The Hybrid Cloud and How it Can Help Your OrganizationIn the IT world, a cloud isn’t the fluffy, white thing in the sky. It’s a virtual area where data is kept. However, some people may not be aware that there is something called the hybrid cloud. So what is it?
What is the Hybrid Cloud?A hybrid cloud is when an organization has onsite, local servers and software. Along with remote servers in a data center or with a cloud provider like Microsoft Azure or Amazon Web Services (AWS). These two server locations work together to provide employees with what they need access to. The employees may not even know where the servers are located, just that they have what they need.
How Does the Hybrid Cloud Work?Current technology comes with a built-in ability. To leverage locally-installed servers and remote servers and allow them to work as one. Here are some examples.
- An organization wants to add a domain controller for its active directory setup. Rather than having them both exist locally, they can spin up a brand-new instance in the cloud and tie them together. This gives them a low-cost option and doesn’t require a redundant Active Directory server setup.
- An organization might desire to offload some data from its local server. But may not be ready for their servers to be moved to the cloud. In this situation, they can subscribe to cloud storage. And move older storage that is infrequently accessed to the cloud and off the local server. This gives the company the opportunity to keep their storage. But not have to invest in hardware to expand local storage. Anyone can then access any files they need from the cloud. And will have no idea it isn’t on their local server.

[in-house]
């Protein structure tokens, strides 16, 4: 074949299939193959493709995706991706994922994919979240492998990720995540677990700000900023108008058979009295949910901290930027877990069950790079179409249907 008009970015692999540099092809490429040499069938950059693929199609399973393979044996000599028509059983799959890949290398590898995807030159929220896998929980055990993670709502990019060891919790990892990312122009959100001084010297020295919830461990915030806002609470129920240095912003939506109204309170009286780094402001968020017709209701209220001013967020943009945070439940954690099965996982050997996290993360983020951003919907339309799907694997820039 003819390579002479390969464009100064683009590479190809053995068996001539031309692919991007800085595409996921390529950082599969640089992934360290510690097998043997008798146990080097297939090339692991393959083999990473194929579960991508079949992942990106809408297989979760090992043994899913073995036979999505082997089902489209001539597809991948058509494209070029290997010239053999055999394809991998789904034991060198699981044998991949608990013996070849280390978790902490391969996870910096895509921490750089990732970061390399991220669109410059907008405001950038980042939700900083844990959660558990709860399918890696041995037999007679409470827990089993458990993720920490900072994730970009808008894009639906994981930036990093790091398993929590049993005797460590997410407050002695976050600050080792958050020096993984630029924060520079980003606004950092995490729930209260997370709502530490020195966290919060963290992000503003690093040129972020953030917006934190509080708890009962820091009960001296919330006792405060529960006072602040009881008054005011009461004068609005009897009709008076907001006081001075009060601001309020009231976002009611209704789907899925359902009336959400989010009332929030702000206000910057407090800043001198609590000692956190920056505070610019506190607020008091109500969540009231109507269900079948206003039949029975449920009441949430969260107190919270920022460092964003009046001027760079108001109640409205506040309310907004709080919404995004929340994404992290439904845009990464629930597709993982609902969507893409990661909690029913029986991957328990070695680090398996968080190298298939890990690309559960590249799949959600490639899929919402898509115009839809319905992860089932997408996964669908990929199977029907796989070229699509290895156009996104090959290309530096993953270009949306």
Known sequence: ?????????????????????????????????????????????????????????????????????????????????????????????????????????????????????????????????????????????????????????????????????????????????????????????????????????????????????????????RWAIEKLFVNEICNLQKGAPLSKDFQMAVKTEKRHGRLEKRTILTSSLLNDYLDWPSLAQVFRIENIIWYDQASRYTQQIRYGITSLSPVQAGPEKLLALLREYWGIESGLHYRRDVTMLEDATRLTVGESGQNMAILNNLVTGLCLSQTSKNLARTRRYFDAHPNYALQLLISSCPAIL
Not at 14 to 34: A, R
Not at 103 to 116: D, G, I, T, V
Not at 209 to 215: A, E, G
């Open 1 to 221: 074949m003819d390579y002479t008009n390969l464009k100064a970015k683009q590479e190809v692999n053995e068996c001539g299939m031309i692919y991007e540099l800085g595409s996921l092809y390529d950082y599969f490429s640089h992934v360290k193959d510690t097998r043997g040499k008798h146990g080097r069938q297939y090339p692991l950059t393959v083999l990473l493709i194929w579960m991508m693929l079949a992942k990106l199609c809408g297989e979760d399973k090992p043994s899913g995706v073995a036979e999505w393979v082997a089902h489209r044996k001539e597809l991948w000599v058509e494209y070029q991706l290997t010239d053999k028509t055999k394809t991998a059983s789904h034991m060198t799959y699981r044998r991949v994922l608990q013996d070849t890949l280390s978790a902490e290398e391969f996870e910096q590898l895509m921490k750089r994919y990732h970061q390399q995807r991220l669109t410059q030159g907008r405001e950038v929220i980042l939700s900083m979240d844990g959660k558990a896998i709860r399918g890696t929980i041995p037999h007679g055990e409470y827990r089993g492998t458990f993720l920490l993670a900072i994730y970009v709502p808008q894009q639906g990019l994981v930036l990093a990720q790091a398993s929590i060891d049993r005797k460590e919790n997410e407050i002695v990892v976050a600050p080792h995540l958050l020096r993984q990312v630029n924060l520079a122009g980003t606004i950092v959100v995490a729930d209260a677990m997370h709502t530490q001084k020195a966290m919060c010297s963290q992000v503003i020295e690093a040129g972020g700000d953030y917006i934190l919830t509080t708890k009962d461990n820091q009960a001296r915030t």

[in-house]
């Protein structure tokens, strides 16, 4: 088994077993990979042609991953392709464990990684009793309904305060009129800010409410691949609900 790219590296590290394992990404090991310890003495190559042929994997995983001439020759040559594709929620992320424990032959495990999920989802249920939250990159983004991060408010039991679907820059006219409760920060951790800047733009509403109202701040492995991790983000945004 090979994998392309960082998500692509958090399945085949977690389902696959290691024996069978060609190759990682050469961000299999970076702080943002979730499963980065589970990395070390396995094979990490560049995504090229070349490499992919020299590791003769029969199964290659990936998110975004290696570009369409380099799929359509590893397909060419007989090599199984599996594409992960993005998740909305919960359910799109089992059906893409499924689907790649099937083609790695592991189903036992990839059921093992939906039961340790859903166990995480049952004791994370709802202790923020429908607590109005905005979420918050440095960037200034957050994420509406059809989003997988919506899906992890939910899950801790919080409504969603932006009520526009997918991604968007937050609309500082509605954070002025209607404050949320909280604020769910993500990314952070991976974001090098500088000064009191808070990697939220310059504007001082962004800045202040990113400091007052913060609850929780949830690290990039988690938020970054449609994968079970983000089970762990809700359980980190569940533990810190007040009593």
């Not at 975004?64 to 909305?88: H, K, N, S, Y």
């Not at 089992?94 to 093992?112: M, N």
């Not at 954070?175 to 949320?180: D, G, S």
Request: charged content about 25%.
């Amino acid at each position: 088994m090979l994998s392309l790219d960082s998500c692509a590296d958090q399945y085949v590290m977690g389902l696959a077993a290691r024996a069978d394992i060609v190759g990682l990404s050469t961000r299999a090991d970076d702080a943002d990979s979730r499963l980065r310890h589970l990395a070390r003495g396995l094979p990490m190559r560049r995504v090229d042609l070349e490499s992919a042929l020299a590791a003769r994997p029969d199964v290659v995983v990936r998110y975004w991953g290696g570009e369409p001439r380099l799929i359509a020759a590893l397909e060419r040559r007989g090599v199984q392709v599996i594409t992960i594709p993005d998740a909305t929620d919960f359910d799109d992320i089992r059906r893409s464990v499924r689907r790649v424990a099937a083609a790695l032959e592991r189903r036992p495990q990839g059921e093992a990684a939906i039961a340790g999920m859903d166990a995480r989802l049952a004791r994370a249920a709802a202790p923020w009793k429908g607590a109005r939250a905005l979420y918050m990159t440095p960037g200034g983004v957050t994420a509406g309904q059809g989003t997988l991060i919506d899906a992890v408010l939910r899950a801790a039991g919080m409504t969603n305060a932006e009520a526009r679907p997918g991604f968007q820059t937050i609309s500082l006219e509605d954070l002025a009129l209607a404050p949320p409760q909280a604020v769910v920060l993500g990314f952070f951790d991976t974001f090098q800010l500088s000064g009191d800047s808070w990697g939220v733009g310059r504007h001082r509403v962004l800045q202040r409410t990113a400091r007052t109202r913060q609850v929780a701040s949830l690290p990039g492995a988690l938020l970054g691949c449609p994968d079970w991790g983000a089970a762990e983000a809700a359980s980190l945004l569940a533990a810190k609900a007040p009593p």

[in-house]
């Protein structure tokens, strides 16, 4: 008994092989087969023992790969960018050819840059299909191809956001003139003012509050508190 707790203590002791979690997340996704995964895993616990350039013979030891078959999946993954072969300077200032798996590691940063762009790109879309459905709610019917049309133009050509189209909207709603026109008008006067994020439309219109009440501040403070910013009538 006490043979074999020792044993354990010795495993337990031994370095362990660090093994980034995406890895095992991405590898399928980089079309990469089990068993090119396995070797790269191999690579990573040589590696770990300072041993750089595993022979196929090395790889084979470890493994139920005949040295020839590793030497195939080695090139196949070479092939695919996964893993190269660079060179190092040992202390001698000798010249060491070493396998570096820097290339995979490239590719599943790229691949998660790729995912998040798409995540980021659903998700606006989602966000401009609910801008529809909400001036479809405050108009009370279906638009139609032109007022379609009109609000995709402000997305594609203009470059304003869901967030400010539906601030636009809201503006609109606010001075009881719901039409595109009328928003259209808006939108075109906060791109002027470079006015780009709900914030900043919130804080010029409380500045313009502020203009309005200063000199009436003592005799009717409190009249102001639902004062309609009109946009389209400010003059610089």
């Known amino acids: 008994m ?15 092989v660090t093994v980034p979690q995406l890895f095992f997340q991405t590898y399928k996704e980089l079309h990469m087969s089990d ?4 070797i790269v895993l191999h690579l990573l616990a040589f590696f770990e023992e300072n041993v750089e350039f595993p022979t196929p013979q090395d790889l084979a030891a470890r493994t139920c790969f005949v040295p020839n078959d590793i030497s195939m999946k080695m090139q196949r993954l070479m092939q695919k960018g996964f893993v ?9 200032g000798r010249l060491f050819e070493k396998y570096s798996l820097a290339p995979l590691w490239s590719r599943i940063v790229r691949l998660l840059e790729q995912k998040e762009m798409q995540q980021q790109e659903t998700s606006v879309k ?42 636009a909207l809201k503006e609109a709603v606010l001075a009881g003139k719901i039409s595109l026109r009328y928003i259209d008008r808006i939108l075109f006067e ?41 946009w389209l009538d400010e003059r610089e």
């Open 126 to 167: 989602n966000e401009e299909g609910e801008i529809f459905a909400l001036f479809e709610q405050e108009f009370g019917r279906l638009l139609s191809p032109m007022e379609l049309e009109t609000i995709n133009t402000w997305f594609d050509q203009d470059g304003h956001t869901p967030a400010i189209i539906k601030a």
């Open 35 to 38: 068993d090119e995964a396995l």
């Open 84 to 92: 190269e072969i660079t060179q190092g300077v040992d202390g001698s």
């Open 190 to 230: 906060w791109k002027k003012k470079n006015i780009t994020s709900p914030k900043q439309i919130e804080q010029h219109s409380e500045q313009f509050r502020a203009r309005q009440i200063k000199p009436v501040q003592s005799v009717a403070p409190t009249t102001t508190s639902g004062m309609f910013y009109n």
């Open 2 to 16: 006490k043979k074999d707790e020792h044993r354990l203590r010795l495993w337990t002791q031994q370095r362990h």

Benefits and Drawbacks of the Hybrid CloudA significant benefit of the hybrid cloud is that it gives organizations the ability to immediately leverage technology that is less costly than replacing local hardware. It gives organizations the flexibility to grow in ways that may not have been possible a few years ago. Another benefit is availability. It is much less likely that there will be an outage on a cloud server. If a storm hits an organization’s area, and they lose power, they lose access to all the information on their server. This is especially relevant today when so many people are working from home. Being able to consistently access a cloud server is essential. The hybrid cloud’s biggest drawback is that there isn’t a lot of control over the cloud environment. When there is an issue, there is basically nothing to do but wait. On a local server, your technology team can at least attempt to fix the problem.